17 Apr 2016

Diversity rising through the ranks

4:01 pm on 17 April 2016

At 17-years-old Krista Kite dropped out of school with no idea of what she wanted to do with her life.

But by the time she was 20 she was a sworn police officer handcuffing criminals, including gang members twice her age and size, in South Auckland.

Kapiti-Mana community constable Krista Kite is encouraging more young Māori women to join the police.

Kapiti-Mana community constable Krista Kite is encouraging more young Māori women to join the police. Photo: Soldiers Rd Photography

Now she's juggling full-time work as a community constable in Porirua, being a mum, and studying towards a degree in psychology.

She is one of nearly 2000 female constabulary staff in the New Zealand Police and believes she could be the only sworn police officer from her iwi, Ngāti Maniapoto.

"I became a non-sworn member at 17, and worked at the public counter, which is where you go and make reports of lost property and theft. I was a 17-year-old child, essentially, telling people what to do, so it was quite a harrowing experience," she said.

"Then at 20-years-old I became a sworn member and was posted to Manurewa. It was quite a dangerous place to be thrown into the deep end. It was actually really scary.

"I'm not a big person, so coming up to these situations with big gang members and big men and you just think 'I'm so lucky to still be here, and still get to go home at the end of the day'."

But the experience was also incredibly rewarding, she said.

"When things go bad you just think 'I'm just a kid, telling these 40 or 50-year-olds what to do, where to go, arresting them and holding them in custody', and it's just crazy to think that I haven't lived as long as they have but yet I'm telling them what to do.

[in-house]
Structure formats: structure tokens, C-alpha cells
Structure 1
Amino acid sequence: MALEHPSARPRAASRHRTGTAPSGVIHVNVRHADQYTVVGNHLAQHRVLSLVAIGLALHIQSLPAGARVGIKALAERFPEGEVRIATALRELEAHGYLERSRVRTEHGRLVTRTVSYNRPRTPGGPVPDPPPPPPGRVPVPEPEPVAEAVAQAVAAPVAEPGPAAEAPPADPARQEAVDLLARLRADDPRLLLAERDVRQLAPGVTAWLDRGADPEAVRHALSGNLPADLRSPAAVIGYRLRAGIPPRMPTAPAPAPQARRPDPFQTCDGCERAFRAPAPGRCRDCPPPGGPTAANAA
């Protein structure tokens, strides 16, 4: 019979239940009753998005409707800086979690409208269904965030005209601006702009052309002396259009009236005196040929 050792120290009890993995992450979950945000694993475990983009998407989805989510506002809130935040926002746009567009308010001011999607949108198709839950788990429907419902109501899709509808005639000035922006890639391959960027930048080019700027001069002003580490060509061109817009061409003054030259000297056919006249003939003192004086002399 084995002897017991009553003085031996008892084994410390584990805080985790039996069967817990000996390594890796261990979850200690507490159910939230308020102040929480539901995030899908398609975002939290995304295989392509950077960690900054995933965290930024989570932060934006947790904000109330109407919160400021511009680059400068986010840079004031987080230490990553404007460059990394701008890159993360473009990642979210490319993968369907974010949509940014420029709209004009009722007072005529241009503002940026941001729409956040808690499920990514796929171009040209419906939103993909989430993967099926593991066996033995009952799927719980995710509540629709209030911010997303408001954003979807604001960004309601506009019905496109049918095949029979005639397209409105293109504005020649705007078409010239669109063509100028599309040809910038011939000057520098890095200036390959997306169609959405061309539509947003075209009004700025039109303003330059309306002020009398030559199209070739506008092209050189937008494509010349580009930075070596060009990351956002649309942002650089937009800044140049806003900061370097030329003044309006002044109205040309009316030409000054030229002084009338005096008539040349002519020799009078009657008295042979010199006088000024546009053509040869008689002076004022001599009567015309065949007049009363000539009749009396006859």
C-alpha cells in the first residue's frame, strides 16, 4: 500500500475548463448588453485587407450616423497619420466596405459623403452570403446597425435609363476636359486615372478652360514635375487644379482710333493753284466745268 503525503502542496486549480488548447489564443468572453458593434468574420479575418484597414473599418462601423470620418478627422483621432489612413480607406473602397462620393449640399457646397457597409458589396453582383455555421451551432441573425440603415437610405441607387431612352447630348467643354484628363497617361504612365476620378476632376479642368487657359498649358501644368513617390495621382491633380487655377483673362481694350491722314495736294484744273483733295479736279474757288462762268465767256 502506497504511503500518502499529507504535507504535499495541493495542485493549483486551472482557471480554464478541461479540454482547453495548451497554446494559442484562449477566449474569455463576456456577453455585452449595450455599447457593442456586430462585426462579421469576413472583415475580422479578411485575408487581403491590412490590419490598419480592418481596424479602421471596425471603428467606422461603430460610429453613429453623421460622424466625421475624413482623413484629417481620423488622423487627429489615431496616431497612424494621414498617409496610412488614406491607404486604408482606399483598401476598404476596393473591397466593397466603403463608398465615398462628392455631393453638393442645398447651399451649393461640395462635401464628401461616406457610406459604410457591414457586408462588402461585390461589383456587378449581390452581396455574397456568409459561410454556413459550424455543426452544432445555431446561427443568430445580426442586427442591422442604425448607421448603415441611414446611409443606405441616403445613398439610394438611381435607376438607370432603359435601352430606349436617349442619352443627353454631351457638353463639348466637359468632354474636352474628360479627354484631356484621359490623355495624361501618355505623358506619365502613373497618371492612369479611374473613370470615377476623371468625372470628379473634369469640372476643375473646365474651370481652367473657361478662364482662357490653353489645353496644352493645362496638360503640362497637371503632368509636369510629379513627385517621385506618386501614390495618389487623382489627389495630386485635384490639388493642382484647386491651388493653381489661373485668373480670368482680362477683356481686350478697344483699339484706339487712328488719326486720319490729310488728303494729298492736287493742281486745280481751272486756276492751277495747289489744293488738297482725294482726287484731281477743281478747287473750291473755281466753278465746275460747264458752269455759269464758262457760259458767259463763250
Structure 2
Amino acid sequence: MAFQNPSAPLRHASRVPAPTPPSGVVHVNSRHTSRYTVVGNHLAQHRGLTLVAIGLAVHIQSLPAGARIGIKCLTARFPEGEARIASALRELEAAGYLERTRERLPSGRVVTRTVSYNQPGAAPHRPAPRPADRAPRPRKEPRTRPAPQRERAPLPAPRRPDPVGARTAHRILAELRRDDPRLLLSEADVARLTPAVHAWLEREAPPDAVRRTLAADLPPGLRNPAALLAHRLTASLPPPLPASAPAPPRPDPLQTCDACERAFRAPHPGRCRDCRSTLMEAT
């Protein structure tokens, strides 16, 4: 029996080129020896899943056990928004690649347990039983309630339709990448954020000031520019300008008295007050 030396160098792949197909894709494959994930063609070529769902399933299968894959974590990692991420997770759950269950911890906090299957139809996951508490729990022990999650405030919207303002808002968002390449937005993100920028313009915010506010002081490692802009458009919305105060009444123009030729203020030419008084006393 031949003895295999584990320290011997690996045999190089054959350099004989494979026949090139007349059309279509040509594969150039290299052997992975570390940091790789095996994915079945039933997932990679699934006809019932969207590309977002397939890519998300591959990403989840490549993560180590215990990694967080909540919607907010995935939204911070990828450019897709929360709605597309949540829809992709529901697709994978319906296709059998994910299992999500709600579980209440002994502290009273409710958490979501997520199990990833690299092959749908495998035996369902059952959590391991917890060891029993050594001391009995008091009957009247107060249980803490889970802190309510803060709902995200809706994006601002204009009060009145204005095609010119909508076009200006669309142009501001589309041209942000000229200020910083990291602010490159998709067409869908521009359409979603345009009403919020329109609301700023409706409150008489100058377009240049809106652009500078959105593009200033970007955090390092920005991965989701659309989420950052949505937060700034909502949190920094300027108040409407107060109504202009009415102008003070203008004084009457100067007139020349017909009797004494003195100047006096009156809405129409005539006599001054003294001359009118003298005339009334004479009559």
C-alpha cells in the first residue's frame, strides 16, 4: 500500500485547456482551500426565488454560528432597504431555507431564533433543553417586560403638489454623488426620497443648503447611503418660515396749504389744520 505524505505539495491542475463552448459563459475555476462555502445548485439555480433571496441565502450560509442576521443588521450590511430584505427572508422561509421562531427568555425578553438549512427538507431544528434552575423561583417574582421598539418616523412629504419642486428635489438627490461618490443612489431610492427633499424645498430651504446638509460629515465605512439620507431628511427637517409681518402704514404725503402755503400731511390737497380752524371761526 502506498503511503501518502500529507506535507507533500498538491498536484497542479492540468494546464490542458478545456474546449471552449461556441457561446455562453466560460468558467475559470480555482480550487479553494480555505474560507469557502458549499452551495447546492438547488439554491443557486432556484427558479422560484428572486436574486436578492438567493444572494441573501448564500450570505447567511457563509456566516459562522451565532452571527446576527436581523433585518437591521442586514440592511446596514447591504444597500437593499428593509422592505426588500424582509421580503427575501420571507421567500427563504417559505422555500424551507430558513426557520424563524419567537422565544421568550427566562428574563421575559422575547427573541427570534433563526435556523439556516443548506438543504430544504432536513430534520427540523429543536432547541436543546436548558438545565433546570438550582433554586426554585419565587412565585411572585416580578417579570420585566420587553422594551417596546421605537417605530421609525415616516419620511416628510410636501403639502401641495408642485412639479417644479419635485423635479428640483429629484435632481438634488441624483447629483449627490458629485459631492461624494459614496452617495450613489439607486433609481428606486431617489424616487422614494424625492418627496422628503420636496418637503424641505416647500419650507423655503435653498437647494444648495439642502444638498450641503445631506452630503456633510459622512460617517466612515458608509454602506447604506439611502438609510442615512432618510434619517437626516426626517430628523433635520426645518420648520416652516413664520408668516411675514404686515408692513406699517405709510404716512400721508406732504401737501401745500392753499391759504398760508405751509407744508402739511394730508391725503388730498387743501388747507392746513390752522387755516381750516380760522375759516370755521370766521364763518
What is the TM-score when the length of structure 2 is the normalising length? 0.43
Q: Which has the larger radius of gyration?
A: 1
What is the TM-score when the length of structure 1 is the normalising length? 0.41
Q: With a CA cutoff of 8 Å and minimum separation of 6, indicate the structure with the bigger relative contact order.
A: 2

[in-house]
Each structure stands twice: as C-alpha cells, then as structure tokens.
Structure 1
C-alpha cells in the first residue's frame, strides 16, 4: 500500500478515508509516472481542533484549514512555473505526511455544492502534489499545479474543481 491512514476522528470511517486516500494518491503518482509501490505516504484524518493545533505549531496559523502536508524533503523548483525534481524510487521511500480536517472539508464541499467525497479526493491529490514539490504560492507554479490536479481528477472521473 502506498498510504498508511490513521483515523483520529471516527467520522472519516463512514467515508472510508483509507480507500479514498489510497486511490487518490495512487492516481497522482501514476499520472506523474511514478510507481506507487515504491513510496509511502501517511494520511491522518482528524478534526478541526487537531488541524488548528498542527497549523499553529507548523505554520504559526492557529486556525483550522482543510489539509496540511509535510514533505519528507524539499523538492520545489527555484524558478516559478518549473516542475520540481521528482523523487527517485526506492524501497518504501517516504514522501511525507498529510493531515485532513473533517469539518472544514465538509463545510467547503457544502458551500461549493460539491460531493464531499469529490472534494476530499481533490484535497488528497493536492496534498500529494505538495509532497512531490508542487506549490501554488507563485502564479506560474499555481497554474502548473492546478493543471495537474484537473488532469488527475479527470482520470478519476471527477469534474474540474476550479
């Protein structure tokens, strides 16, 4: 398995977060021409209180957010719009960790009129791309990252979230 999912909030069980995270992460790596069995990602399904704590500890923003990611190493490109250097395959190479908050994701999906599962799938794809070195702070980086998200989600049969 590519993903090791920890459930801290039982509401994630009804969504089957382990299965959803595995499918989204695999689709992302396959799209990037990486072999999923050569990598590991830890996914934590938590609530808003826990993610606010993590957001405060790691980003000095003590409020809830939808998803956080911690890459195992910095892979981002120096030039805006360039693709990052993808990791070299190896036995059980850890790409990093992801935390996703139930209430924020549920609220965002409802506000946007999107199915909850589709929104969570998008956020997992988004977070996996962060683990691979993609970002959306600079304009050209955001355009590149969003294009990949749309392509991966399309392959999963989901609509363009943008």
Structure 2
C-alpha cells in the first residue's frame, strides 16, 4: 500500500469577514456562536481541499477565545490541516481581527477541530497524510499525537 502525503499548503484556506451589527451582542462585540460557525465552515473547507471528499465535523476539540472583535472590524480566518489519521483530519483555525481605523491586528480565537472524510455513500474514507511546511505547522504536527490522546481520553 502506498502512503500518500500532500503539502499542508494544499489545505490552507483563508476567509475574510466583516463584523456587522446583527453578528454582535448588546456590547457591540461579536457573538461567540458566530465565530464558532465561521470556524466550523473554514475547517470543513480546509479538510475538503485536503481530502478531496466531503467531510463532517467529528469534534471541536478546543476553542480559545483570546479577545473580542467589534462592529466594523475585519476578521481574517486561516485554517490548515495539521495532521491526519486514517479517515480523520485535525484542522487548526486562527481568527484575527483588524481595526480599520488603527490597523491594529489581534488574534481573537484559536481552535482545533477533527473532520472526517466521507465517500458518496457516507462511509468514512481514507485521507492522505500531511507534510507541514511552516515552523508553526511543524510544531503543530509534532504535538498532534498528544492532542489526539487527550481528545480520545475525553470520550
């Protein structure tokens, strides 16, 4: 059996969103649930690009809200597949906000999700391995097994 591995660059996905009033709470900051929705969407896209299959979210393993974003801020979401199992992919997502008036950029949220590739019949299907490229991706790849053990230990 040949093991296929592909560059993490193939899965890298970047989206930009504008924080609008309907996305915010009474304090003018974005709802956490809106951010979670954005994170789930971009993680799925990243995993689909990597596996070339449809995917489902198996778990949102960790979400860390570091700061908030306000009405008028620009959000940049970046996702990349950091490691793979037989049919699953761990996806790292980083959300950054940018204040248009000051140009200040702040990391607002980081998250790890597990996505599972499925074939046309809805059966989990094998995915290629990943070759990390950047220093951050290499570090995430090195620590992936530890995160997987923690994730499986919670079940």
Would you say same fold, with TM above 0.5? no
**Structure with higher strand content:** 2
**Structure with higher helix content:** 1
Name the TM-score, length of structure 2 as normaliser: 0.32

"But at the same time, it was just so cool seeing good things happen to people who deserve it. When you get a good outcome, say a win in a court case for a theft, and you just think 'yes, this is a great outcome'."

Ms Kite said the police had become more diverse in the nearly 10 years since then.

"I definitely feel quite empowered as female Māori officer. I feel like they're really pushing me towards my fullest potential.

"It's been said in the past that there is inequity between female and male staff, but I really feel like that's not the case anymore and right now I feel like I'm supported in my organisation, and there's a place for me to go in terms of moving up the ranking structure and I have the backing of all the senior staff in respects to that."

She said she was very proud of her Māori heritage and encouraged other young Māori women to consider joining the police.

"I say go for it to be honest, I think it's such a rewarding experience and no two days are the same. It's definitely a good, secure job and I just think it's a fantastic time and opportunity to join the police, a time where they are trying to recruit more young female Māori and push them up higher in the ranking structure and represent that area that has been under-represented in the past."

Police districts across the country are set to hold a series of events on 3 June to celebrate 75 years of women in the police force.

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